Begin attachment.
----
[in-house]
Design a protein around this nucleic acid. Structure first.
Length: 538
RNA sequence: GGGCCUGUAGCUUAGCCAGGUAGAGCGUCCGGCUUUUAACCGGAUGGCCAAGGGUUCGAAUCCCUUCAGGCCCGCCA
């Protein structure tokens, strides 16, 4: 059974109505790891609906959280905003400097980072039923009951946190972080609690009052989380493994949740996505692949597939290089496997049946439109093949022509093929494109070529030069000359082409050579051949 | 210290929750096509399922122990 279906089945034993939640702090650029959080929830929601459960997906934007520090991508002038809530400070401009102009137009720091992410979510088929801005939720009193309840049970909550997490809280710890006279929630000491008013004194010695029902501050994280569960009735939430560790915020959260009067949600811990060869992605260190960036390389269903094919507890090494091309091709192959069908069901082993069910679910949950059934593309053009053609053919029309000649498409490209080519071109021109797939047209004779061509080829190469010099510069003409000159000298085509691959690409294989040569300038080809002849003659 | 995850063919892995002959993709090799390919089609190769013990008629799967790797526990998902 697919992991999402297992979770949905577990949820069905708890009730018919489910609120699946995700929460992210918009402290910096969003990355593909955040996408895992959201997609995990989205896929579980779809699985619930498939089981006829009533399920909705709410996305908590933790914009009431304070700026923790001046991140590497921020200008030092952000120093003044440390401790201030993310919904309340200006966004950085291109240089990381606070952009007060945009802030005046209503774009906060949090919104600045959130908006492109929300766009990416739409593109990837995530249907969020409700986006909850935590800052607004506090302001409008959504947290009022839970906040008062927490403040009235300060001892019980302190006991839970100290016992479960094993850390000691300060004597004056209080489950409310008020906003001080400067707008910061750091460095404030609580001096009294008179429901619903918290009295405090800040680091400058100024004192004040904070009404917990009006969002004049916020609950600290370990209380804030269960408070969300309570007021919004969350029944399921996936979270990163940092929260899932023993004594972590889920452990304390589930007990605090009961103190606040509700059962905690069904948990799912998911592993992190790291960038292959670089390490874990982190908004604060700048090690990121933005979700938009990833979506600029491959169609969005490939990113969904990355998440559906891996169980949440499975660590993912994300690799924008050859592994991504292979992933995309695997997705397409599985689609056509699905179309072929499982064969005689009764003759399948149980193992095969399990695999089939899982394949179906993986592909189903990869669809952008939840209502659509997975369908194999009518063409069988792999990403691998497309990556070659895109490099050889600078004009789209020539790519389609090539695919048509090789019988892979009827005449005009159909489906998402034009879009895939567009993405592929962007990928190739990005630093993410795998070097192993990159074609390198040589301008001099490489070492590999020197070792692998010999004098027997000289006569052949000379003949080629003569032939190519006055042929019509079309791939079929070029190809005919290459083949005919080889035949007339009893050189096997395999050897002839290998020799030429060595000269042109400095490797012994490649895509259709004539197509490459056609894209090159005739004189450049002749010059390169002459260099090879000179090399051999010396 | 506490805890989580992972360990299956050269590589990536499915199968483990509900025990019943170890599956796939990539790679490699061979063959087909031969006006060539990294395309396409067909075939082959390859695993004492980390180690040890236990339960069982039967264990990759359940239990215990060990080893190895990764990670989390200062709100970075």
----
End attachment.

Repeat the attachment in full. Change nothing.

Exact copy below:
[in-house]
Design a protein around this nucleic acid. Structure first.
Length: 538
RNA sequence: GGGCCUGUAGCUUAGCCAGGUAGAGCGUCCGGCUUUUAACCGGAUGGCCAAGGGUUCGAAUCCCUUCAGGCCCGCCA
């Protein structure tokens, strides 16, 4: 059974109505790891609906959280905003400097980072039923009951946190972080609690009052989380493994949740996505692949597939290089496997049946439109093949022509093929494109070529030069000359082409050579051949 | 210290929750096509399922122990 279906089945034993939640702090650029959080929830929601459960997906934007520090991508002038809530400070401009102009137009720091992410979510088929801005939720009193309840049970909550997490809280710890006279929630000491008013004194010695029902501050994280569960009735939430560790915020959260009067949600811990060869992605260190960036390389269903094919507890090494091309091709192959069908069901082993069910679910949950059934593309053009053609053919029309000649498409490209080519071109021109797939047209004779061509080829190469010099510069003409000159000298085509691959690409294989040569300038080809002849003659 | 995850063919892995002959993709090799390919089609190769013990008629799967790797526990998902 697919992991999402297992979770949905577990949820069905708890009730018919489910609120699946995700929460992210918009402290910096969003990355593909955040996408895992959201997609995990989205896929579980779809699985619930498939089981006829009533399920909705709410996305908590933790914009009431304070700026923790001046991140590497921020200008030092952000120093003044440390401790201030993310919904309340200006966004950085291109240089990381606070952009007060945009802030005046209503774009906060949090919104600045959130908006492109929300766009990416739409593109990837995530249907969020409700986006909850935590800052607004506090302001409008959504947290009022839970906040008062927490403040009235300060001892019980302190006991839970100290016992479960094993850390000691300060004597004056209080489950409310008020906003001080400067707008910061750091460095404030609580001096009294008179429901619903918290009295405090800040680091400058100024004192004040904070009404917990009006969002004049916020609950600290370990209380804030269960408070969300309570007021919004969350029944399921996936979270990163940092929260899932023993004594972590889920452990304390589930007990605090009961103190606040509700059962905690069904948990799912998911592993992190790291960038292959670089390490874990982190908004604060700048090690990121933005979700938009990833979506600029491959169609969005490939990113969904990355998440559906891996169980949440499975660590993912994300690799924008050859592994991504292979992933995309695997997705397409599985689609056509699905179309072929499982064969005689009764003759399948149980193992095969399990695999089939899982394949179906993986592909189903990869669809952008939840209502659509997975369908194999009518063409069988792999990403691998497309990556070659895109490099050889600078004009789209020539790519389609090539695919048509090789019988892979009827005449005009159909489906998402034009879009895939567009993405592929962007990928190739990005630093993410795998070097192993990159074609390198040589301008001099490489070492590999020197070792692998010999004098027997000289006569052949000379003949080629003569032939190519006055042929019509079309791939079929070029190809005919290459083949005919080889035949007339009893050189096997395999050897002839290998020799030429060595000269042109400095490797012994490649895509259709004539197509490459056609894209090159005739004189450049002749010059390169002459260099090879000179090399051999010396 | 506490805890989580992972360990299956050269590589990536499915199968483990509900025990019943170890599956796939990539790679490699061979063959087909031969006006060539990294395309396409067909075939082959390859695993004492980390180690040890236990339960069982039967264990990759359940239990215990060990080893190895990764990670989390200062709100970075």